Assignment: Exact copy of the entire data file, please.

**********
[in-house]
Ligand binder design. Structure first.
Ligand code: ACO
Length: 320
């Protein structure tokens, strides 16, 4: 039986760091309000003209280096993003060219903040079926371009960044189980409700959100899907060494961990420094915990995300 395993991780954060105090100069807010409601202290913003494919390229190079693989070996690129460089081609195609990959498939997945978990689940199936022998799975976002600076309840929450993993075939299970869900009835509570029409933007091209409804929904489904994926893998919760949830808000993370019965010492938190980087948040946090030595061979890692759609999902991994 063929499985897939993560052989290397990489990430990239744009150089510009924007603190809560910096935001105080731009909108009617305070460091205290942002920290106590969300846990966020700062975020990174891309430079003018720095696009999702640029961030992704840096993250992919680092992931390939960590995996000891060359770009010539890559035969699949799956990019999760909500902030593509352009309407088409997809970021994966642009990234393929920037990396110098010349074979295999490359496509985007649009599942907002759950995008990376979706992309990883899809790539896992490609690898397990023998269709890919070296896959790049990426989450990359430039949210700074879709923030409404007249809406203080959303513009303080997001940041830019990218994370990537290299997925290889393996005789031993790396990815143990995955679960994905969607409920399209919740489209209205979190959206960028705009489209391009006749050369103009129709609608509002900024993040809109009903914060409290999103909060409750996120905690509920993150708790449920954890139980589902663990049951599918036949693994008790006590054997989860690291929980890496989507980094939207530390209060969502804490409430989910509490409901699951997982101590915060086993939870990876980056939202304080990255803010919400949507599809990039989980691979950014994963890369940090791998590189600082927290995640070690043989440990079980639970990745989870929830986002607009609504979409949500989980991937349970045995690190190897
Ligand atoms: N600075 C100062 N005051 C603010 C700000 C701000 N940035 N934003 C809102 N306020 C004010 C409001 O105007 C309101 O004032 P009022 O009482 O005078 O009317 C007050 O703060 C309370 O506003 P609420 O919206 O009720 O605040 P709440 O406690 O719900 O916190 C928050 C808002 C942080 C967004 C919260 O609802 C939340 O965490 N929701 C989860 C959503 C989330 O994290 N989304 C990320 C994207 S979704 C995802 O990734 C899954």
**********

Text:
[in-house]
Ligand binder design. Structure first.
Ligand code: ACO
Length: 320
């Protein structure tokens, strides 16, 4: 039986760091309000003209280096993003060219903040079926371009960044189980409700959100899907060494961990420094915990995300 395993991780954060105090100069807010409601202290913003494919390229190079693989070996690129460089081609195609990959498939997945978990689940199936022998799975976002600076309840929450993993075939299970869900009835509570029409933007091209409804929904489904994926893998919760949830808000993370019965010492938190980087948040946090030595061979890692759609999902991994 063929499985897939993560052989290397990489990430990239744009150089510009924007603190809560910096935001105080731009909108009617305070460091205290942002920290106590969300846990966020700062975020990174891309430079003018720095696009999702640029961030992704840096993250992919680092992931390939960590995996000891060359770009010539890559035969699949799956990019999760909500902030593509352009309407088409997809970021994966642009990234393929920037990396110098010349074979295999490359496509985007649009599942907002759950995008990376979706992309990883899809790539896992490609690898397990023998269709890919070296896959790049990426989450990359430039949210700074879709923030409404007249809406203080959303513009303080997001940041830019990218994370990537290299997925290889393996005789031993790396990815143990995955679960994905969607409920399209919740489209209205979190959206960028705009489209391009006749050369103009129709609608509002900024993040809109009903914060409290999103909060409750996120905690509920993150708790449920954890139980589902663990049951599918036949693994008790006590054997989860690291929980890496989507980094939207530390209060969502804490409430989910509490409901699951997982101590915060086993939870990876980056939202304080990255803010919400949507599809990039989980691979950014994963890369940090791998590189600082927290995640070690043989440990079980639970990745989870929830986002607009609504979409949500989980991937349970045995690190190897
Ligand atoms: N600075 C100062 N005051 C603010 C700000 C701000 N940035 N934003 C809102 N306020 C004010 C409001 O105007 C309101 O004032 P009022 O009482 O005078 O009317 C007050 O703060 C309370 O506003 P609420 O919206 O009720 O605040 P709440 O406690 O719900 O916190 C928050 C808002 C942080 C967004 C919260 O609802 C939340 O965490 N929701 C989860 C959503 C989330 O994290 N989304 C990320 C994207 S979704 C995802 O990734 C899954």